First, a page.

Waiting for Godzilla: Coronavirus and the End of Disbelief

Donald Trump, it turns out, is just the man for this moment for all the wrong reasons. 

Lisa Van Dusen

March 15, 2020


If the coronavirus pandemic were a disaster movie, COVID-19 would be an epically dystopian weapon of mass destruction unleashed as part of a crackpot world domination plot designed to bring the last non-authoritarian superpower to its knees socially, psychologically and economically and drive a stake through the heart of democracy once and for all.

Of course, because this is reality, Donald J. Trump is leader of the free if self-isolating world and we can all sleep soundly in our beds knowing that the commander in chief of the United States of America, the indispensable nation, the linchpin of the rules-based international order, has this well in hand.

If we think of this as one of those hinges of history when a president rises to the occasion because so many of the elements of public and private life — the emergency powers, the hoarding, the lineups outside supermarkets, the propaganda — replicate the sense of collective fear and uncertainty of wartime, we think of Franklin Delano Roosevelt exhorting that “The only thing we have to fear is fear itself,” in declaring war on the Depression, Harry Truman’s blanket “The buck stops here” declaration of executive responsibility. Along with those words marshalled in the face of an adversary, a crisis or questions about leadership, history can swallow Trump’s declaration last Friday, “I don’t take responsibility at all.”

This should surprise precisely no-one. Trump, it turns out, is the perfect president for the moment. Everything he has said and done since January 20th, 2017, has been seemingly formulated — because you simply cannot lie that often and outrage that consistently unintentionally — to squander the credibility of the office and rationalize mismanagement, recklessness and idiocy on any scale imaginable.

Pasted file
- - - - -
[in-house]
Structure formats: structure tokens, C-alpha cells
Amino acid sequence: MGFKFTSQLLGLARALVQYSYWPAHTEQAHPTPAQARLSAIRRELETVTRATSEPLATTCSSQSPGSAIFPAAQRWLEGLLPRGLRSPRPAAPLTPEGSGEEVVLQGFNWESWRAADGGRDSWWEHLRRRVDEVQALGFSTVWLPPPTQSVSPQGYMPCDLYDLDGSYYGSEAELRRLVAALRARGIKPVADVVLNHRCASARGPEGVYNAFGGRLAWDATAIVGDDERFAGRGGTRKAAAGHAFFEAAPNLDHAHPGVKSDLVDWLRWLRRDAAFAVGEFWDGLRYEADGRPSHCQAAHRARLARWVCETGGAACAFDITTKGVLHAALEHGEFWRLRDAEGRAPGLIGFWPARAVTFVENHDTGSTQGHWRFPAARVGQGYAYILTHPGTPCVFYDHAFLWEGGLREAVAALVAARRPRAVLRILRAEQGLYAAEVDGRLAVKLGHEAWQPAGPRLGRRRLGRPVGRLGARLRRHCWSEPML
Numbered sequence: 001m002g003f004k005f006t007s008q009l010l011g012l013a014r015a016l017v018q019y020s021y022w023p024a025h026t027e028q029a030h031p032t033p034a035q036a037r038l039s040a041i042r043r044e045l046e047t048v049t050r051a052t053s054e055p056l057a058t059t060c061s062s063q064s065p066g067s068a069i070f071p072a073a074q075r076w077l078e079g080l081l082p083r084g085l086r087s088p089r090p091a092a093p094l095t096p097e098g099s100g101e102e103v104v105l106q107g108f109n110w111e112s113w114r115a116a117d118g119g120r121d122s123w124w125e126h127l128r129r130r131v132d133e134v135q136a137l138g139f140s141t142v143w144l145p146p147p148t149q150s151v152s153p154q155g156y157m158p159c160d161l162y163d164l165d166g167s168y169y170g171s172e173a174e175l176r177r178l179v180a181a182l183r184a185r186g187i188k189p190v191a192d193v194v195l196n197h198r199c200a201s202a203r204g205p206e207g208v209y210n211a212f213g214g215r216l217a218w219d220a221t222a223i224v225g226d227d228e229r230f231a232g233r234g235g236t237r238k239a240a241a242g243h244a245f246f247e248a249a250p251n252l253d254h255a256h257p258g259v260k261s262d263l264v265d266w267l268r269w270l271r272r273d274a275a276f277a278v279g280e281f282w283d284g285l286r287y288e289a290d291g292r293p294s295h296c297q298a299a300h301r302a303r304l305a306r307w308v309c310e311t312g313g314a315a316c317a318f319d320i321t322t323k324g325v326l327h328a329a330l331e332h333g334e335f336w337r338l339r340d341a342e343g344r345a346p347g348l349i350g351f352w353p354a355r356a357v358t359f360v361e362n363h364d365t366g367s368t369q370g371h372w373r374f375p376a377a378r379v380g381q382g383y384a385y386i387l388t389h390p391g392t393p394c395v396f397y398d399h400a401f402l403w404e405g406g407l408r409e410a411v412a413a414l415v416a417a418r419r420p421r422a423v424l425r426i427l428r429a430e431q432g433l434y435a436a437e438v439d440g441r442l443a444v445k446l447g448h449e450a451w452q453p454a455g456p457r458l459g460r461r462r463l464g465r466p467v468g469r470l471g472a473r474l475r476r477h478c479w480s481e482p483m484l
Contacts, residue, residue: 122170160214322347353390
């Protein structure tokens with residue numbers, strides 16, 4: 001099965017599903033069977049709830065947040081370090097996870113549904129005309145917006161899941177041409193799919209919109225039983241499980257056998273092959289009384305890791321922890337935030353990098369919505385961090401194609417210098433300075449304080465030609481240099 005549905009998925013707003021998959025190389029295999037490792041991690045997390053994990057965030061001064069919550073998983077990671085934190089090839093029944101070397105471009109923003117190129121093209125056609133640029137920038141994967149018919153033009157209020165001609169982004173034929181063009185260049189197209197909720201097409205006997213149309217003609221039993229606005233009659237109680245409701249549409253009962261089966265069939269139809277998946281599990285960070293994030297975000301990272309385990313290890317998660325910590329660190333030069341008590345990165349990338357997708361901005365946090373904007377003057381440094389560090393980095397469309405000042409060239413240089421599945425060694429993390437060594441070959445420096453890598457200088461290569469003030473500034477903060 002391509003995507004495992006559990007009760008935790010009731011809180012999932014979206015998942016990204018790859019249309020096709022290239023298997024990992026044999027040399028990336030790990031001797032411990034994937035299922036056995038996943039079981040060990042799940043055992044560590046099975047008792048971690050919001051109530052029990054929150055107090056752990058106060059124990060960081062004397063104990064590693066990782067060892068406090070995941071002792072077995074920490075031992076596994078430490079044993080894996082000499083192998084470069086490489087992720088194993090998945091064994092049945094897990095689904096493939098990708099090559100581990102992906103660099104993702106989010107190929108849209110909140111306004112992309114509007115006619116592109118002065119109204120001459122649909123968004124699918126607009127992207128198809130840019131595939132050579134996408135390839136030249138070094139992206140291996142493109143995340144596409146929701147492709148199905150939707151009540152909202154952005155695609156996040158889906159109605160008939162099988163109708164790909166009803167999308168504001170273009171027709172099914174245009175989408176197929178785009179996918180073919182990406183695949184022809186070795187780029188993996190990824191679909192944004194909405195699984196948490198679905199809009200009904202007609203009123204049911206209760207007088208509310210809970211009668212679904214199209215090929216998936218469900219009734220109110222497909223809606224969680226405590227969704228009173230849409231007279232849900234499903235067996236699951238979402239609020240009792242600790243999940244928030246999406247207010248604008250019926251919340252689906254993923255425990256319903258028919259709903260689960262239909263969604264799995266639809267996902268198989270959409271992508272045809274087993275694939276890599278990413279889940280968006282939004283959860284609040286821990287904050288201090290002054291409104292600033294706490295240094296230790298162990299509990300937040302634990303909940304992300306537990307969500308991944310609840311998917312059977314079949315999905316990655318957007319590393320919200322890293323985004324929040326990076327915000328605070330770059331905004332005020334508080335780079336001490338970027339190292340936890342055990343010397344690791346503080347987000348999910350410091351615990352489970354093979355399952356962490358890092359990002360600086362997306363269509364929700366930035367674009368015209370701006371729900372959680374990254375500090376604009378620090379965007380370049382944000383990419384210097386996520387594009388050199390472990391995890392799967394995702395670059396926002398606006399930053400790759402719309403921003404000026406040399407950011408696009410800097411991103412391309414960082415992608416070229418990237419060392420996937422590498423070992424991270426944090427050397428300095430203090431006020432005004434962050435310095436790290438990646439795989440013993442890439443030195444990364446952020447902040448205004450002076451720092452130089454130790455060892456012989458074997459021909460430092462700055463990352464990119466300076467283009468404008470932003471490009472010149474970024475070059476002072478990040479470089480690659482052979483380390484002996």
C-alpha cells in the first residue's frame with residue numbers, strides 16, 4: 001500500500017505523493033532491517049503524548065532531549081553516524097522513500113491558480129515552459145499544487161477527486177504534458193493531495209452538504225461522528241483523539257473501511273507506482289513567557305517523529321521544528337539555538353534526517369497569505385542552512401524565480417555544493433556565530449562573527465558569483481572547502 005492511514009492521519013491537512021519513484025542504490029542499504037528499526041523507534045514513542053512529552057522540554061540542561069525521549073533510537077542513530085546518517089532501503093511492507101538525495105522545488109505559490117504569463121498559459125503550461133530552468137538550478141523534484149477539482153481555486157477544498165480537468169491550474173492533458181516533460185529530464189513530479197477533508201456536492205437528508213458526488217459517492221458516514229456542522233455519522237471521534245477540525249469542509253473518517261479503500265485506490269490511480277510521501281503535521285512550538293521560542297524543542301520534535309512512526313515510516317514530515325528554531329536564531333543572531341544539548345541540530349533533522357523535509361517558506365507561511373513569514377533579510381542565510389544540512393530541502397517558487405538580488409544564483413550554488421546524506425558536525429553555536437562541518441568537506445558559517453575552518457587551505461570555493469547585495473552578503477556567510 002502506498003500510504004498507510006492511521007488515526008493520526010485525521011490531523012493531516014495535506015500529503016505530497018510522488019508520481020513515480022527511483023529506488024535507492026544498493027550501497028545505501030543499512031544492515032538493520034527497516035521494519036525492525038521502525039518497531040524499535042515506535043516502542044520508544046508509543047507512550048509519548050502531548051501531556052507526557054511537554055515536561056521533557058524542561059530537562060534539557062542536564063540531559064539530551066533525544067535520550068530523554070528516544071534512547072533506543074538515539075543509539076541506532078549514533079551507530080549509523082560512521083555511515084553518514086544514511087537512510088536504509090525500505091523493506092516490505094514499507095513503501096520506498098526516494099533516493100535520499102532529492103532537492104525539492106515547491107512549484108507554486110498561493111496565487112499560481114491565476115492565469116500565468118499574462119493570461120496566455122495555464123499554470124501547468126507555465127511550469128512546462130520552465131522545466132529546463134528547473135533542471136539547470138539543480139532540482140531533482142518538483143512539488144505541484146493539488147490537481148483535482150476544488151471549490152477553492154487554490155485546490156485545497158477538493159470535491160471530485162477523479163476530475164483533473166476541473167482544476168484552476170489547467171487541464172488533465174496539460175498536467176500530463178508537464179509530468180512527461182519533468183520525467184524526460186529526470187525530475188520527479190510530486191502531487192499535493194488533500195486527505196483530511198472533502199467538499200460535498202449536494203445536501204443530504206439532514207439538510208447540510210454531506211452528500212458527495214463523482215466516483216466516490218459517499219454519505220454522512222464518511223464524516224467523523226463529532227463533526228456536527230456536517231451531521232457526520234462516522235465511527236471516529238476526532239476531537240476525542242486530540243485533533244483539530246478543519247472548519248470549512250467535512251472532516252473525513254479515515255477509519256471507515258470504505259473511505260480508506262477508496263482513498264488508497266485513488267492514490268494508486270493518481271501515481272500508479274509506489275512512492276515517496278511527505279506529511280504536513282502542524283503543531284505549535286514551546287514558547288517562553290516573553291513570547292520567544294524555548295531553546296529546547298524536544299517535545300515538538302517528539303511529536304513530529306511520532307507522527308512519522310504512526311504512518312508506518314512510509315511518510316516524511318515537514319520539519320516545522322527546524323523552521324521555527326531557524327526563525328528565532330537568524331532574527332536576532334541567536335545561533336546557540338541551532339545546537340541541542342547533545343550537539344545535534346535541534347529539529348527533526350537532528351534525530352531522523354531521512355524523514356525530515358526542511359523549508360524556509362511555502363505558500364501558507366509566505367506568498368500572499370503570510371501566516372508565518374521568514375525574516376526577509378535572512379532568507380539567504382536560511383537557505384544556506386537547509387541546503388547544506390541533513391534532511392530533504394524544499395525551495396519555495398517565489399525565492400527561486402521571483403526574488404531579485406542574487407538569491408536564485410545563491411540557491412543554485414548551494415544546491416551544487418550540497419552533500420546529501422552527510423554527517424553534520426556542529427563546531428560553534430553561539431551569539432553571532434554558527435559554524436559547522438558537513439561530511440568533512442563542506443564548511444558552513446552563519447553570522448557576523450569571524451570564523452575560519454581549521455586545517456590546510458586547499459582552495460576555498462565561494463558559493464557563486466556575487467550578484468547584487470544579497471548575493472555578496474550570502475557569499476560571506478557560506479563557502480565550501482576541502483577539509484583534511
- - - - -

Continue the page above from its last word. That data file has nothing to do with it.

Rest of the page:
Which means whatever consequences arise from this avoidably escalated crisis — economic, social, political, geopolitical — will be explicable only in the context of his tenure. For that, the world has not the coronavirus, the electoral college, 2016 election interference, fake news or Trump himself to blame but the Republicans in the Senate who placed the most astronomically, cynically leveraged calculation of political expediency in history ahead of the public good in refusing to remove him from office.

What we can thank Trump — and his new world order counterparts from Boris to Bolsonaro — for is the incremental, systematic manner in which the daily content drip of his norm-breaking, reality show preposterousness has recalibrated public expectations for whatever may come by boosting our herd immunity to the previously unthinkable.

If this contagion had hit under any previous president of the United States, the management of it — domestic and international — would have unfolded quite differently. Every failure, screw-up, incomprehensible cutback and gratuitous lie wouldn’t have had a scapegoat and every disproportionately fateful decision wouldn’t have had a fig leaf. That he is a fig leaf who has so frequently acted against the interests of his own country — other than a few chaos beneficiaries, including that long-suffering, voiceless minority known as short-sellers — makes him all the more valuable in a catastrophe to all the wrong parties.

Now, after three years of utterly unnecessary dumpster fires, sh*tshows, clusterf**ks and sideshows, disaster and horror movies are looking like documentaries. And, with apologies to Beckett, we’re all just waiting for Godzilla.

Lisa Van Dusen is associate editor of Policy Magazine and a columnist for The Hill Times. She was Washington bureau chief for Sun Media, international writer for Peter Jennings at ABC News, and an editor at AP in New York and UPI in Washington.